“The new elites are at home only in transit, en route to a high-level conference, to the grand opening of a new franchise, to an international film festival, or to an undiscovered resort. Theirs is essentially a tourist’s view of the world — not a perspective likely to encourage a passionate devotion to democracy.”

Certainly not to this democracy. They have dissociated themselves from what was their parents’ country and become non-involved citizens of the world, as it were. Traveling the world and taking their millions with them. And here’s the rub. The new elite control the wealth in the country and are in the process of destroying the middle class on which the capitalist economy and a vital democratic system have always depended. They are, above all else, the greatest threat, in Lasch’s view, to the preservation of this democracy. In fact, they don’t care much about the preservation of Western Civilization either. As Lasch points out, the “thinking class” who people the universities have turned their backs on Western Civilization which they traditionally pledged themselves to preserve. For these people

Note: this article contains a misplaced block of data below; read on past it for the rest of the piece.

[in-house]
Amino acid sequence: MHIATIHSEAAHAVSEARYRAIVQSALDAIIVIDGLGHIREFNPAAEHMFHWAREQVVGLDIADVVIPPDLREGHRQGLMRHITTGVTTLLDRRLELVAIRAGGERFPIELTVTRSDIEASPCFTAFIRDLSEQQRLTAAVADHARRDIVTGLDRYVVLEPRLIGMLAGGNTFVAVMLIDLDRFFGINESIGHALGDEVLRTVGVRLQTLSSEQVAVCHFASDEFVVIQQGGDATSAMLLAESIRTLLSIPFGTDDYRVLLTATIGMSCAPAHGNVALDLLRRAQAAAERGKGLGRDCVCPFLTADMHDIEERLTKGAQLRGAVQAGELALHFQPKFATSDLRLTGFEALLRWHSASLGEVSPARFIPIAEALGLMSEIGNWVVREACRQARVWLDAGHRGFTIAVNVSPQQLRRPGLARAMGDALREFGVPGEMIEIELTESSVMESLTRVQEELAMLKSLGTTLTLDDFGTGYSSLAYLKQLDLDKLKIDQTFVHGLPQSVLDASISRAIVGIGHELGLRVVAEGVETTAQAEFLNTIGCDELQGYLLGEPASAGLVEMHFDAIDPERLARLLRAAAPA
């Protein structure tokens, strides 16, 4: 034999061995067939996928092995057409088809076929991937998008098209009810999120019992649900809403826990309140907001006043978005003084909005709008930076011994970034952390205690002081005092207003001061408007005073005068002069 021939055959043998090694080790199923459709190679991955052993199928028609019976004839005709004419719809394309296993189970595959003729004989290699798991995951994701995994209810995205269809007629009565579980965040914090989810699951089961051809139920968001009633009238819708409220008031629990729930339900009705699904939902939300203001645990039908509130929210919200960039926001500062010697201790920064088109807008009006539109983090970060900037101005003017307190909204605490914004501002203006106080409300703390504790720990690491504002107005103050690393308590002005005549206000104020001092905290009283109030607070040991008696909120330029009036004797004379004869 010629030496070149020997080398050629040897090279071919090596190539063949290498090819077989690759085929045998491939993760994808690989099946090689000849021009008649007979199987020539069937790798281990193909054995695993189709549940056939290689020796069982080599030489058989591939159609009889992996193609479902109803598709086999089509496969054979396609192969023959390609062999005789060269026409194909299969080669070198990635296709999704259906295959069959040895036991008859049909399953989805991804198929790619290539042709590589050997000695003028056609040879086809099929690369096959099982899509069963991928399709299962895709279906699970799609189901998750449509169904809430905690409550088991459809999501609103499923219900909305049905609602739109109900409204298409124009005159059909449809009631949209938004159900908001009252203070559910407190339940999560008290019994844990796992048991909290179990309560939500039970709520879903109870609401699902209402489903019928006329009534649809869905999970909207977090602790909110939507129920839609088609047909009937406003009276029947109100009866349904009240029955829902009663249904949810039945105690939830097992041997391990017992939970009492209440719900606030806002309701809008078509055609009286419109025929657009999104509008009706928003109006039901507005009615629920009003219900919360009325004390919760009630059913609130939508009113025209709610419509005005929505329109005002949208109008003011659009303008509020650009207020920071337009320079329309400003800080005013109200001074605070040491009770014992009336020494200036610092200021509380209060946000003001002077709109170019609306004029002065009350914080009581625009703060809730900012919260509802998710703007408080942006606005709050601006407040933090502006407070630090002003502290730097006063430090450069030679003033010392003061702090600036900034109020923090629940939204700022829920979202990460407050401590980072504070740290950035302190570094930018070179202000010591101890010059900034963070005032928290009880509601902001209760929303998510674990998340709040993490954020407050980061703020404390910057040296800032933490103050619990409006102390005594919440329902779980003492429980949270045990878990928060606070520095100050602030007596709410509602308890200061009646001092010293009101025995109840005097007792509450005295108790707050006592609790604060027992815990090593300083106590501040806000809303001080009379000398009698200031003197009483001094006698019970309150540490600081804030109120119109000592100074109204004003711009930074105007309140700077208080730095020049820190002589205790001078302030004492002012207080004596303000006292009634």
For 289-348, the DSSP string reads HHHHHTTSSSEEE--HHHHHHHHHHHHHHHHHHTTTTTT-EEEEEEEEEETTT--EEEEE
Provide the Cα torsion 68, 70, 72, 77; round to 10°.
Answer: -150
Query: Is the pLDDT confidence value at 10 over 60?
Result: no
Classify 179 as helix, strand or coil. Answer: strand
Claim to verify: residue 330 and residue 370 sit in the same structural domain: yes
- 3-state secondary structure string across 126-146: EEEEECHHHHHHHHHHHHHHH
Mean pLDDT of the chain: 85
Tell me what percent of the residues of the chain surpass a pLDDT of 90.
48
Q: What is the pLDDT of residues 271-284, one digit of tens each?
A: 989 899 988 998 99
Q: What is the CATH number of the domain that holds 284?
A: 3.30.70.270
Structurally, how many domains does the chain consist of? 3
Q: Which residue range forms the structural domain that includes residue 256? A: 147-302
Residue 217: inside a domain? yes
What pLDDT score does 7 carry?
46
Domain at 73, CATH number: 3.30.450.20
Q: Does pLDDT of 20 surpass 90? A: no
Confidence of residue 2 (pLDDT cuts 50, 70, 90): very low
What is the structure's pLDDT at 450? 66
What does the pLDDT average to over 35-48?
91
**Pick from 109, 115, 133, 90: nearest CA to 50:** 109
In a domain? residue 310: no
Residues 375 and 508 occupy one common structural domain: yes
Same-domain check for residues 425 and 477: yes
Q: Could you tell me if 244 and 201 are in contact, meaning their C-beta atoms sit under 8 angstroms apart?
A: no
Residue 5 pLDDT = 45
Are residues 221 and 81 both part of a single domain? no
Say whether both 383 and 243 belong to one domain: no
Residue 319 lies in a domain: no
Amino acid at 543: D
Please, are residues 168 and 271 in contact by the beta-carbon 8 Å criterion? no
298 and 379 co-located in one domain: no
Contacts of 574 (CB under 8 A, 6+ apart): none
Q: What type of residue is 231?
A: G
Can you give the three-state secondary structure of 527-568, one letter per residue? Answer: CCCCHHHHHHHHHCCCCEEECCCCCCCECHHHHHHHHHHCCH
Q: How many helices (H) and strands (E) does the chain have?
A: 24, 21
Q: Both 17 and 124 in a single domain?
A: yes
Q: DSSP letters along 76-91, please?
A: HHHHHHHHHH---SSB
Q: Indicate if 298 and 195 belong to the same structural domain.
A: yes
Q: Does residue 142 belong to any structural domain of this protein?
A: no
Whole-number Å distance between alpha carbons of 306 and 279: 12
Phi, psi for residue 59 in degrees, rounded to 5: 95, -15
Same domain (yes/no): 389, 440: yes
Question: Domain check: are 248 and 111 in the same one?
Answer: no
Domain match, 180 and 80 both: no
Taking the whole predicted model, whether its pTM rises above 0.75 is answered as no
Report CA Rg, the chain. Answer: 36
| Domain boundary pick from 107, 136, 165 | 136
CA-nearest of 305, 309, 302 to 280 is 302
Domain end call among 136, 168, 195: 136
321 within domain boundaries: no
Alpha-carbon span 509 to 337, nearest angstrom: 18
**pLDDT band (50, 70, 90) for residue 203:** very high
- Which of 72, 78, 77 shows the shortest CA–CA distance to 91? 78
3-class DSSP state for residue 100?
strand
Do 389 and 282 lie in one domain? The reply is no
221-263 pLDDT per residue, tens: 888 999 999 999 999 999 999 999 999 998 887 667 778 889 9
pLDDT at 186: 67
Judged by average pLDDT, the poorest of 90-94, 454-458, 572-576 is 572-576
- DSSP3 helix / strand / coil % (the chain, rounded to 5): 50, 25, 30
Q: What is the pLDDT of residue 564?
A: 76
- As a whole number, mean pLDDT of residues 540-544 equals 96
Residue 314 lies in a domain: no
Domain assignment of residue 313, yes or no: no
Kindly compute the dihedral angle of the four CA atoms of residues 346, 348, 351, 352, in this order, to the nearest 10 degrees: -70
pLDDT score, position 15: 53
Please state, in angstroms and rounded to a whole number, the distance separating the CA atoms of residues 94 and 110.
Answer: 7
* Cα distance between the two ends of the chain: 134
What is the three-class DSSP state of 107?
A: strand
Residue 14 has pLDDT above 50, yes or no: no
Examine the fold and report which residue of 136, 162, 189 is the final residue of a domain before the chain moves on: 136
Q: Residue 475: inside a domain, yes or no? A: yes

“. . . the very term ‘Western Civilization’ now calls to mind an organized system of bourgeois values [which keep] the victims of patriarchal oppression — women, children, homosexuals, people of color — in a permanent state of subjection.”